false positives

Vernon Schryver vjs@calcite.rhyolite.com
Tue Nov 1 03:45:12 UTC 2005

> From: Jeff Mincy <mincy@rcn.com>

> So a single misconfigured dcc client can send in many count can
> cause dcc servers to return many for that checksum?  Yuck.  

Why do you persist that?  By now you must know whether bulk mail
has a count of 100, 1000, or "many" is immaterial.

What makes you think that the SourceForge newsletters you're worried
about are not spam?  How do you know that someone hasn't been signed
up involuntarily?  Most important, why do you care whether SourceForge
newsletters are tagged as being sent to 1000 or 1,000,000 targets?

>                                                             Which
> configuration option controls this behavior?

A sendmail alias, .procmailrc file, or anything else equivalent a pipe
sending mail to `dccproc -tmany`.

> Sure.  spamtrap email addresses that are not used for newsletters
> can clearly report without querying.  SpamAssassin users can report spam after
> first classifying messages into spam and ham piles, or can report
> after making sure that all newsletters are properly whitelisted.
> SpamAssassin users should not be reporting messages that they
> consider to be ham.  

You've been told repeatedly that reporting newsletters as bulk mail
is no worse than redundant.  So why do you persist?

(Separately, delaying reporting of spam until a human can get involved
would be a bad idea because of the delay.  I think a major feature
of the DCC is that it starts rejecting a spew of spam within 10s
of seconds after it starts.)

> What is worse?  A freeloader who doesn't report or a misconfigured
> user reporting legitimate bulk email?

Obviously not reporting, unless you insist that the DCC is the unworkable
idea that was Vipul's Razor.  I said when Vipul's Razor was announced
(after I was already testing the DCC) that it was fundamentally flawed,
because any group of more than several dozen people will include plenty
of confused people who do the wrong things innocently and a few evil
doers who do wrong intentionally.  There are 40,000 to 60,000 DCC
installations.  It would be silly to expect none of those installations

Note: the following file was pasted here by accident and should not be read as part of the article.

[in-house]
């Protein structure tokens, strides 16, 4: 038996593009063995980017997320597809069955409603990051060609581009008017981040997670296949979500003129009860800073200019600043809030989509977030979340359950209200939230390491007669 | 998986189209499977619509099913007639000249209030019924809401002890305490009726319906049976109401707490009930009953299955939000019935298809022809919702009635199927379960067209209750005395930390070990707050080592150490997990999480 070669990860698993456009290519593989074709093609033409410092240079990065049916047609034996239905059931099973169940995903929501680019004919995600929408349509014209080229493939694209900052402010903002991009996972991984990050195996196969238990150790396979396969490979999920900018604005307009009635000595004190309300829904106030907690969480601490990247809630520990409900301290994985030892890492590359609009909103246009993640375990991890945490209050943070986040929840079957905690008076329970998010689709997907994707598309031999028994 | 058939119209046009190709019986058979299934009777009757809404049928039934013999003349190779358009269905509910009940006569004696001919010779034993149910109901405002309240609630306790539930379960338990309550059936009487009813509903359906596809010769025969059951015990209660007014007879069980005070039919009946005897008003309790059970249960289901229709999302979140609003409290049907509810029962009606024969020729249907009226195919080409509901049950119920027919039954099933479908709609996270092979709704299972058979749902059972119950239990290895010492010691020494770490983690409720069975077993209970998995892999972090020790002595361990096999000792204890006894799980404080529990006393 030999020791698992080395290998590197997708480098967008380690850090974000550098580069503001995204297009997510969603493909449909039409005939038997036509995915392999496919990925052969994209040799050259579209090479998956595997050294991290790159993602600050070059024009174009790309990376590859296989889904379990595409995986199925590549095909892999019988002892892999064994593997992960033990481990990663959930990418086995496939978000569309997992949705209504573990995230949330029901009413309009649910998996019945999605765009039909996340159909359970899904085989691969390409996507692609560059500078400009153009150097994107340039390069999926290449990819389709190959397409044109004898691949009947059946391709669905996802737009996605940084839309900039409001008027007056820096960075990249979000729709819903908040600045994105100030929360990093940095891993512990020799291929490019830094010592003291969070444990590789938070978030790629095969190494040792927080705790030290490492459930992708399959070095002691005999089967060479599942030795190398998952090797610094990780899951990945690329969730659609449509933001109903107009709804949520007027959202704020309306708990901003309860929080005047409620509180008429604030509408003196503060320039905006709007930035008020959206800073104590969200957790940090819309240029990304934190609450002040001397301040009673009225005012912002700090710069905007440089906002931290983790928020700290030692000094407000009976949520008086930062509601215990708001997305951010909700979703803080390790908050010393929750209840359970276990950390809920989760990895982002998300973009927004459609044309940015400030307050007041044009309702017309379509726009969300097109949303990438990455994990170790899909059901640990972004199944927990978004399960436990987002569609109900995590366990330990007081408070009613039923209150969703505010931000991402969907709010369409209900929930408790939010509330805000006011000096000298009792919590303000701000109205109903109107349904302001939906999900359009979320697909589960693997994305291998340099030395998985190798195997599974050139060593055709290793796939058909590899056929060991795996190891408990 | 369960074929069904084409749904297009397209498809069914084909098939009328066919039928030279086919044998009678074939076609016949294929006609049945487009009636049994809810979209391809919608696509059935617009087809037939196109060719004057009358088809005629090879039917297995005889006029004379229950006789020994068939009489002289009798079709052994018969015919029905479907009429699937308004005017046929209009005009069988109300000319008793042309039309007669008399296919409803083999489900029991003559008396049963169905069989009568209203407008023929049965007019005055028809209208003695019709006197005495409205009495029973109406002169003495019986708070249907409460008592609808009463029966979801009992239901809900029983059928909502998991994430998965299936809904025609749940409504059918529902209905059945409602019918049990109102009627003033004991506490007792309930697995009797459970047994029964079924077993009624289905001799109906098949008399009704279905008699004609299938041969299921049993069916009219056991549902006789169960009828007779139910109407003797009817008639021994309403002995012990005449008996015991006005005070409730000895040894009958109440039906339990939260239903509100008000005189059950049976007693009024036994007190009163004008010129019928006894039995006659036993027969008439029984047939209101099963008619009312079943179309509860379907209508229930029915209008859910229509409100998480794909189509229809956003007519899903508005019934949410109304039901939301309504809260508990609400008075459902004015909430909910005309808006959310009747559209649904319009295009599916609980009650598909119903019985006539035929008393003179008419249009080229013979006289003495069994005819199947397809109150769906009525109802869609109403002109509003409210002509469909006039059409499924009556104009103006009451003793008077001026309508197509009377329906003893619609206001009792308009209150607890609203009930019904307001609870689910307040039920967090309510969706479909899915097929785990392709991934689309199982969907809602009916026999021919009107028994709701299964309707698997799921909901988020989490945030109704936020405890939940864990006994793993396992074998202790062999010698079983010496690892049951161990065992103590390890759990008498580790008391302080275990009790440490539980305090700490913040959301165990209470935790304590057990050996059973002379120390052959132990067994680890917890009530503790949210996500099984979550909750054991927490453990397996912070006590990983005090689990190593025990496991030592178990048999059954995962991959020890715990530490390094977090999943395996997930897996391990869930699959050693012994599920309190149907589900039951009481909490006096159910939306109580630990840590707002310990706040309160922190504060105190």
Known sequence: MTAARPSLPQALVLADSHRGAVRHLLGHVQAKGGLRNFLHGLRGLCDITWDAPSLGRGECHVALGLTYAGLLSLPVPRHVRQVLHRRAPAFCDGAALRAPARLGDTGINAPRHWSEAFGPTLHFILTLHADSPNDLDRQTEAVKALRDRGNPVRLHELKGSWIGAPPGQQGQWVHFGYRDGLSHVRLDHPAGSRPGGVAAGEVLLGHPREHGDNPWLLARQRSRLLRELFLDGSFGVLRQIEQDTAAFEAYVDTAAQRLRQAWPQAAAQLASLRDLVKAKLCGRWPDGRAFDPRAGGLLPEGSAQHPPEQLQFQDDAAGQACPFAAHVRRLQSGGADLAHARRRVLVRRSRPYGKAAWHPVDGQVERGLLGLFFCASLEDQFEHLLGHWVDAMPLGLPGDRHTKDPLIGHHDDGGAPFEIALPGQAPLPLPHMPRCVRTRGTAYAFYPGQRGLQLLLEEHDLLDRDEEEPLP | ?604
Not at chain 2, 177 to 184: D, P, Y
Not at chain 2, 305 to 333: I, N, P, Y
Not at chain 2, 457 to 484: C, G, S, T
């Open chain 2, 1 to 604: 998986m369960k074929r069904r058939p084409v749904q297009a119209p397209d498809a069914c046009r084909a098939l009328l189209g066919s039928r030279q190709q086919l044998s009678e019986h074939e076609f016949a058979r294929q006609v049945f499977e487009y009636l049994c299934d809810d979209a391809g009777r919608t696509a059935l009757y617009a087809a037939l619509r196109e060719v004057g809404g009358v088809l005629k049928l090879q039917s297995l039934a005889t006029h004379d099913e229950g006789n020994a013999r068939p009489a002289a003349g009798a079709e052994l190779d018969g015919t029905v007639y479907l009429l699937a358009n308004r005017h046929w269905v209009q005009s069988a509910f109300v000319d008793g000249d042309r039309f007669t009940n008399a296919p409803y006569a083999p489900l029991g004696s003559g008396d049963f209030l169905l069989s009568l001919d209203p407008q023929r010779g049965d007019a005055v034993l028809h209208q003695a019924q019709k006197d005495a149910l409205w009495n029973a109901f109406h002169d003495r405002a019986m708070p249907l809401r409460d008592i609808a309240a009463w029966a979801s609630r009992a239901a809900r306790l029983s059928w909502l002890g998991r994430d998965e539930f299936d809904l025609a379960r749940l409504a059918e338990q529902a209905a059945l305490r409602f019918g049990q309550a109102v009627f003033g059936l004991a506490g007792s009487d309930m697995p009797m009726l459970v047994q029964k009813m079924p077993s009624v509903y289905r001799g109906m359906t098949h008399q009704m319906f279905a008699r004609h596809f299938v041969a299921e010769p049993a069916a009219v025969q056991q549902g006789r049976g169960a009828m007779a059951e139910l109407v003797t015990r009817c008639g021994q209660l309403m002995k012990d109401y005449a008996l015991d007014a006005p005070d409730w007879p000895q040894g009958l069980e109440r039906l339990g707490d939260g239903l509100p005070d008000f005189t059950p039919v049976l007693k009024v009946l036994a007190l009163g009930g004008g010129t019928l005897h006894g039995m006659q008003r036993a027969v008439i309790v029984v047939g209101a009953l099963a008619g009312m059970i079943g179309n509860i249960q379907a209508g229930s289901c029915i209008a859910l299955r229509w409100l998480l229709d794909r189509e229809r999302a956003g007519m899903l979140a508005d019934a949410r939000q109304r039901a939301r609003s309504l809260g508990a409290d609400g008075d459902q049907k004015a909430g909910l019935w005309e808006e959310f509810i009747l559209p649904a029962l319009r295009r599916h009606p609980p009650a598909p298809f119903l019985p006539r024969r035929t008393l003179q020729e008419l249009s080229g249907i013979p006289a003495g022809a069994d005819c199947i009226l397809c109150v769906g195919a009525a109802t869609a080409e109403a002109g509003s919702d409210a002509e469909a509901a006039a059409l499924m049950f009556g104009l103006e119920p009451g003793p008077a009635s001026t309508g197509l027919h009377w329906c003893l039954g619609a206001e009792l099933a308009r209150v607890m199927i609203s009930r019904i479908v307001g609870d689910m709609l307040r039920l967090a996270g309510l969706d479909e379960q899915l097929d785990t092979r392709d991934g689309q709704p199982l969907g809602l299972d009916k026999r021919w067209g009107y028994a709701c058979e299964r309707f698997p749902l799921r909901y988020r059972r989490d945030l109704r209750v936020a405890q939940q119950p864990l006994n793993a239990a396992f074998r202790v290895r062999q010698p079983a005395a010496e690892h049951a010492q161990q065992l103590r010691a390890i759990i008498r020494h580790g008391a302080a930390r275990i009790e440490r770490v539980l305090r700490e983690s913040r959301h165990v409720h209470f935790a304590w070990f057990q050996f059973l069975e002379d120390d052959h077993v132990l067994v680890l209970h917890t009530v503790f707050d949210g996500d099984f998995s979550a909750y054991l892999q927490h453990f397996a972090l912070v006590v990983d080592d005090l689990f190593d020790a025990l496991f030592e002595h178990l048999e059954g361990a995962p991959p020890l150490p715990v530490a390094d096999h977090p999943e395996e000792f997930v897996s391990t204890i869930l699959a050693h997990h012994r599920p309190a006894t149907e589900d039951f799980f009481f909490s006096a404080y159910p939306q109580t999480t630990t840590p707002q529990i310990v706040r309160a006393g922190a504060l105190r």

to be doing anything wrong, such as reporting as "many" bulk mail that
you consider legitimate.

> I suggest making two changes to the installation instructions
>    http://www.rhyolite.com/anti-spam/dcc/dcc-tree/INSTALL.html

>    If you ignored the 'Whitelist Legitimate Bulk Email' step please
>    add -Q to dcc_options so that you do not report your legitimate
>    bulk email such as newsletters for other SpamAssassin users who
>    also ignored the whitelist step with the following:
>         dcc_options -Q -R

That would be wrong for several reasons.  One is that it would not affect
your complaint about your Sourceforge newsletters being tagged as "many".

> Also, I suggest that the default value for 'dcc_options' in SpamAssassin
> change to include the -Q switch.  The documentation for 'dcc_options'
> should recommend removing the -Q switch after verifying that external
> subscriptions are properly whitelisted in the whiteclnt configuration
> file.  If you agree with this I can put in the request with SpamAssassin
> list.

If that change to SpamAssassin were made, I would be duty bound to
try to find a way to disable default SpamAssassin uses of the DCC,
because they would be pure parasites.  They would be consuming the
bandwidth, CPU cycles, and (worst) human system administration time
of the operators of the public DCC servers without contributing
anything.  They would be worse than the spam appliance vendors who
take and resell that system administration time.

PLEASE do everyone a favor and just stop using both the DCC.  At least
stop trying to sabotage it.  It's been doing all of these terrible
things including accepting reports SpamAssassin and letting newsletters
(including from CERT) be marked "many" for several years without your
"help."  Please start something that conforms to how you think things
should work.  Besides fixing what you think are the major bugs in DCC
reporting, you could distribute your easy to maintain whitelists.  Or
perhaps your wonderful replacement for the DCC would not need whitelists.

Vernon Schryver    vjs@rhyolite.com

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